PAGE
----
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Precise regulation of the morphogen sonic hedgehog (Shh) and modulation of the Shh signaling pathway is required for proper specification of cell fate within the developing limbs and neural tube, and resultant tissue morphogenesis. Tulp3 (tubby-like protein 3) is a protein of unknown function which has been implicated in nervous system development through gene knockout studies. We demonstrate here that mice lacking the Tulp3 gene develop abnormalities of both the neural tube and limbs consistent with improper regulation of Shh signaling. Tulp3(-/-) embryos show expansion of Shh target gene expression and display a ventralization of neural progenitor cells in the caudal neural tube. We further show that Tulp3(-/-)/Shh(-/-) compound mutant embryos resemble Tulp3 mutants, and express Shh target genes in the neural tube and limbs which are not expressed in Shh(-/-) embryos. This work uncovers a novel role for Tulp3 as a negative regulatory factor in the Hh pathway.
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Cyp26b1 expression in murine Sertoli cells is required to maintain male germ cells in an undifferentiated state during embryogenesis.
PLoS ONE
PUBLISHED: 03-16-2009
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In mammals, germ cells within the developing gonad follow a sexually dimorphic pathway. Germ cells in the murine ovary enter meiotic prophase during embryogenesis, whereas germ cells in the embryonic testis arrest in G0 of mitotic cell cycle and do not enter meiosis until after birth. In mice, retinoic acid (RA) signaling has been implicated in controlling entry into meiosis in germ cells, as meiosis in male embryonic germ cells is blocked by the activity of a RA-catabolizing enzyme, CYP26B1. However, the mechanisms regulating mitotic arrest in male germ cells are not well understood. Cyp26b1 expression in the testes begins in somatic cells at embryonic day (E) 11.5, prior to mitotic arrest, and persists throughout fetal development. Here, we show that Sertoli cell-specific loss of CYP26B1 activity between E15.5 and E16.5, several days after germ cell sex determination, causes male germ cells to exit from G0, re-enter the mitotic cell cycle and initiate meiotic prophase. These results suggest that male germ cells retain the developmental potential to differentiate in meiosis until at least at E15.5. CYP26B1 in Sertoli cells acts as a masculinizing factor to arrest male germ cells in the G0 phase of the cell cycle and prevents them from entering meiosis, and thus is essential for the maintenance of the undifferentiated state of male germ cells during embryonic development.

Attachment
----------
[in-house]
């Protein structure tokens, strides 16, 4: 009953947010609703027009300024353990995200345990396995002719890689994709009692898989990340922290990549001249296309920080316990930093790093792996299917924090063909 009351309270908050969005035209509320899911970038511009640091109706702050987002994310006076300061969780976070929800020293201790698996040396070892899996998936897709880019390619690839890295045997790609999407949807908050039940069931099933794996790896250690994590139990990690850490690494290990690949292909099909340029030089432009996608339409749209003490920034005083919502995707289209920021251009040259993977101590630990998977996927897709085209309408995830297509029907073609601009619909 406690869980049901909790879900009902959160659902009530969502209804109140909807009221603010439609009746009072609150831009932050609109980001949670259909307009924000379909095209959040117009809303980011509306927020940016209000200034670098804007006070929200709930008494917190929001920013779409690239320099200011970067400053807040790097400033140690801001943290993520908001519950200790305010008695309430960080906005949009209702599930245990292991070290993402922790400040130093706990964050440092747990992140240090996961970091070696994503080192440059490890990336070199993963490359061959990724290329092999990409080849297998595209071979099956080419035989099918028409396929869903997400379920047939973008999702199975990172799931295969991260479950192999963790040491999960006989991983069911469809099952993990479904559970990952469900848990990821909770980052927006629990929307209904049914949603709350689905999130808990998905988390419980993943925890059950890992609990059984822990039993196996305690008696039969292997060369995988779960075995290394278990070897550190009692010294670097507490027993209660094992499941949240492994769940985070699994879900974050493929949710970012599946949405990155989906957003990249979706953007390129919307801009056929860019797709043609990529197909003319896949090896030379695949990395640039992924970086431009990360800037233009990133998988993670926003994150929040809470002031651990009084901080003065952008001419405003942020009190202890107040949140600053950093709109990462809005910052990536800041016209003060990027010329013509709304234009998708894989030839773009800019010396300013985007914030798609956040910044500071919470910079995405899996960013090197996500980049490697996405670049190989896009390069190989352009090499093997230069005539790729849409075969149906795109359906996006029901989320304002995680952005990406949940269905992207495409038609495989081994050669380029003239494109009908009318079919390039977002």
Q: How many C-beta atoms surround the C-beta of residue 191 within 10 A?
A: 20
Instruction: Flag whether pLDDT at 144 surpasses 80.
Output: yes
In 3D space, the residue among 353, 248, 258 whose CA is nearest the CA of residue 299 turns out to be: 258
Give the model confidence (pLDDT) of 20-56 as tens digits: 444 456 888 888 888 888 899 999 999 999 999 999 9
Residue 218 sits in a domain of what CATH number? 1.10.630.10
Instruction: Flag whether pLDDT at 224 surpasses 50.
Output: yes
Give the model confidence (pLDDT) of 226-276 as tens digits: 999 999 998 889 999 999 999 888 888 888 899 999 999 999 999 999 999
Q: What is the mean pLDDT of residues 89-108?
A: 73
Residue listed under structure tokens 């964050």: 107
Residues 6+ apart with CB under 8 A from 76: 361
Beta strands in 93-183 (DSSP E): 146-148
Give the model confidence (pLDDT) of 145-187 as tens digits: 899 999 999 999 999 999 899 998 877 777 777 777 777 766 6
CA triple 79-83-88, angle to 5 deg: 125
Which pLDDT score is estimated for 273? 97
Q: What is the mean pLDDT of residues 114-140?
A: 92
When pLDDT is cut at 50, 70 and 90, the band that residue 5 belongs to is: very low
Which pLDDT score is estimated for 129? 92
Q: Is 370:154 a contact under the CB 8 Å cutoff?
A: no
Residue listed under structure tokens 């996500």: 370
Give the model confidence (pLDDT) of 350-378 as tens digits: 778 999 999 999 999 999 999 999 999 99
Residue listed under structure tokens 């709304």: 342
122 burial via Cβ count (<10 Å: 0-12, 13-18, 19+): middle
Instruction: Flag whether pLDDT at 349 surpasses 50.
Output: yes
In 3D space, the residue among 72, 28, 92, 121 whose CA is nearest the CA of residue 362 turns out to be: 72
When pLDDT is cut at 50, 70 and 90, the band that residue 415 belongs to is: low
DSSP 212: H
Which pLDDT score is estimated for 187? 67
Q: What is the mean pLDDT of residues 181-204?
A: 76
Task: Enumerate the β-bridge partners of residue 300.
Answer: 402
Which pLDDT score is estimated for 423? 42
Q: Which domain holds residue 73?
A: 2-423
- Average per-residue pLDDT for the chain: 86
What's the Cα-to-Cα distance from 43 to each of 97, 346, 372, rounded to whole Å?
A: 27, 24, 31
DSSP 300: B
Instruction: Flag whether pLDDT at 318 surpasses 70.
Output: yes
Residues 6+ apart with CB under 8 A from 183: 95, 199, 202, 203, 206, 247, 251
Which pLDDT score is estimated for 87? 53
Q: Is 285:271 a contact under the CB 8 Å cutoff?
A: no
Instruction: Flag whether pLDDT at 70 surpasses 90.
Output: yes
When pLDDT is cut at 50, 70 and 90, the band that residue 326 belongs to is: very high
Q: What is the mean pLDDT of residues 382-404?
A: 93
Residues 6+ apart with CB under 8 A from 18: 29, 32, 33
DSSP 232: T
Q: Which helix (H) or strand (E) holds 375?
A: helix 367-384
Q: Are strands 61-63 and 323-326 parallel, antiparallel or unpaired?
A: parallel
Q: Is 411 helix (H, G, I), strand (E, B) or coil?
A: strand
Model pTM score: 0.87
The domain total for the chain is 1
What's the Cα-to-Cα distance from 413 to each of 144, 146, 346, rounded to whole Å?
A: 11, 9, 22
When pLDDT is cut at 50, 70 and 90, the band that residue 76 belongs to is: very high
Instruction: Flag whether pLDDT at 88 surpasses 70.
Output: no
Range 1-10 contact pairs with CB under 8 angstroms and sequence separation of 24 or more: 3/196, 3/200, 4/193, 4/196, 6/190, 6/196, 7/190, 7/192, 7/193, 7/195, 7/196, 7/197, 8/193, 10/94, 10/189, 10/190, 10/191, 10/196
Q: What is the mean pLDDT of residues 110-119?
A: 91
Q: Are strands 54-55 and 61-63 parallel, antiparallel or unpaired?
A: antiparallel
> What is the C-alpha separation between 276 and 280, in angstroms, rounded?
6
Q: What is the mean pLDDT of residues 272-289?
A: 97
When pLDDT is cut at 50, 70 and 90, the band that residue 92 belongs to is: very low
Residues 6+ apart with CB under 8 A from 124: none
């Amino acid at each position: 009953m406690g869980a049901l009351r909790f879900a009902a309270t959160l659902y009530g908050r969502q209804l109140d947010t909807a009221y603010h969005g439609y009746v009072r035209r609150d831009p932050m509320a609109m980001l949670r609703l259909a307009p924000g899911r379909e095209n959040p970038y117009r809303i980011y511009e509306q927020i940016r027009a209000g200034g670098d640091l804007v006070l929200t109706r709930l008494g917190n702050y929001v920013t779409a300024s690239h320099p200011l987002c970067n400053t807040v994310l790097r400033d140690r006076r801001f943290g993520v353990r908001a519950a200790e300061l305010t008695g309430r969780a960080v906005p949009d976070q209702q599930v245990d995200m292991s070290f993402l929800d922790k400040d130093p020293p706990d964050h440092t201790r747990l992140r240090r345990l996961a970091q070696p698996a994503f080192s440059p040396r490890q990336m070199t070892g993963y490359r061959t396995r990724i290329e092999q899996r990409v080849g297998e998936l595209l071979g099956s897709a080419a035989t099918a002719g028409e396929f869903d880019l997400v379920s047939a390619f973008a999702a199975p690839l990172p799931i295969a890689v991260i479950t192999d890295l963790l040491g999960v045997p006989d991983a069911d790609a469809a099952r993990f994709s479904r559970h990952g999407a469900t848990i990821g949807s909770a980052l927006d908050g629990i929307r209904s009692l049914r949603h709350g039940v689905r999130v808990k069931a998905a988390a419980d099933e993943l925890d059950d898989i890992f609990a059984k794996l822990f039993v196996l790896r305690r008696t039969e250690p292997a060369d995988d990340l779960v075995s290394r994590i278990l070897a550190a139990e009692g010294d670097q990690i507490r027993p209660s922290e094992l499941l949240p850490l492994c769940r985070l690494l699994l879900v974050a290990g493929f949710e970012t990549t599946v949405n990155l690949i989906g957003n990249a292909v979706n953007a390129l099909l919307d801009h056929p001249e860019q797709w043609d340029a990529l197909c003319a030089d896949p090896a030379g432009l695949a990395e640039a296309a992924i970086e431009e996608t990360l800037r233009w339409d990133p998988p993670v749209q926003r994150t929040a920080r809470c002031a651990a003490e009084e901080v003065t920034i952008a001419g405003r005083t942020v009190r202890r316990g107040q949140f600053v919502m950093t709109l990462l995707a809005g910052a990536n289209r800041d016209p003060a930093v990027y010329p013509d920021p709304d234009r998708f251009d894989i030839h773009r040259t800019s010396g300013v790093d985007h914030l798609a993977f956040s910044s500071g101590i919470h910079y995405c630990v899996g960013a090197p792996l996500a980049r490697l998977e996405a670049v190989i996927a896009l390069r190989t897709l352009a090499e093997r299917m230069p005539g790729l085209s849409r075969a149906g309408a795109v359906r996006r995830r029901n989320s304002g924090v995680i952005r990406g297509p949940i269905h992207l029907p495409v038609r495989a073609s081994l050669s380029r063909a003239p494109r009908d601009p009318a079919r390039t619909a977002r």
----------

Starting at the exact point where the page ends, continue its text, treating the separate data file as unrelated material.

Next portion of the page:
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Genetic disruption of CYP26B1 severely affects development of neural crest derived head structures, but does not compromise hindbrain patterning.
Dev. Dyn.
PUBLISHED: 02-25-2009